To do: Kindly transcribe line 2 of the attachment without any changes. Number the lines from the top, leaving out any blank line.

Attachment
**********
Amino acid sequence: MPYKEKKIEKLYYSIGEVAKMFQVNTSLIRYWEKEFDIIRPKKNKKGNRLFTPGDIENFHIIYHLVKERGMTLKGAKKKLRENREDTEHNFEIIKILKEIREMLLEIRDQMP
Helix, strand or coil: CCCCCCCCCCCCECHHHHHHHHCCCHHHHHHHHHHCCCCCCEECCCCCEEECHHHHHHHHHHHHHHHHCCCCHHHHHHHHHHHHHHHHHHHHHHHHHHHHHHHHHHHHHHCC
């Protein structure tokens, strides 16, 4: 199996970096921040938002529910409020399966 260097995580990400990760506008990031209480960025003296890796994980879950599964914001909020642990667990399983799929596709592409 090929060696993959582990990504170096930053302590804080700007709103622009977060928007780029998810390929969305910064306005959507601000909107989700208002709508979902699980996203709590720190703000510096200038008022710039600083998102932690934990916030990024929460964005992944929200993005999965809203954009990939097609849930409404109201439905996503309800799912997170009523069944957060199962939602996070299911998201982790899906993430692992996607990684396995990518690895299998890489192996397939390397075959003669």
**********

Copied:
Helix, strand or coil: CCCCCCCCCCCCECHHHHHHHHCCCHHHHHHHHHHCCCCCCEECCCCCEEECHHHHHHHHHHHHHHHHCCCCHHHHHHHHHHHHHHHHHHHHHHHHHHHHHHHHHHHHHHCC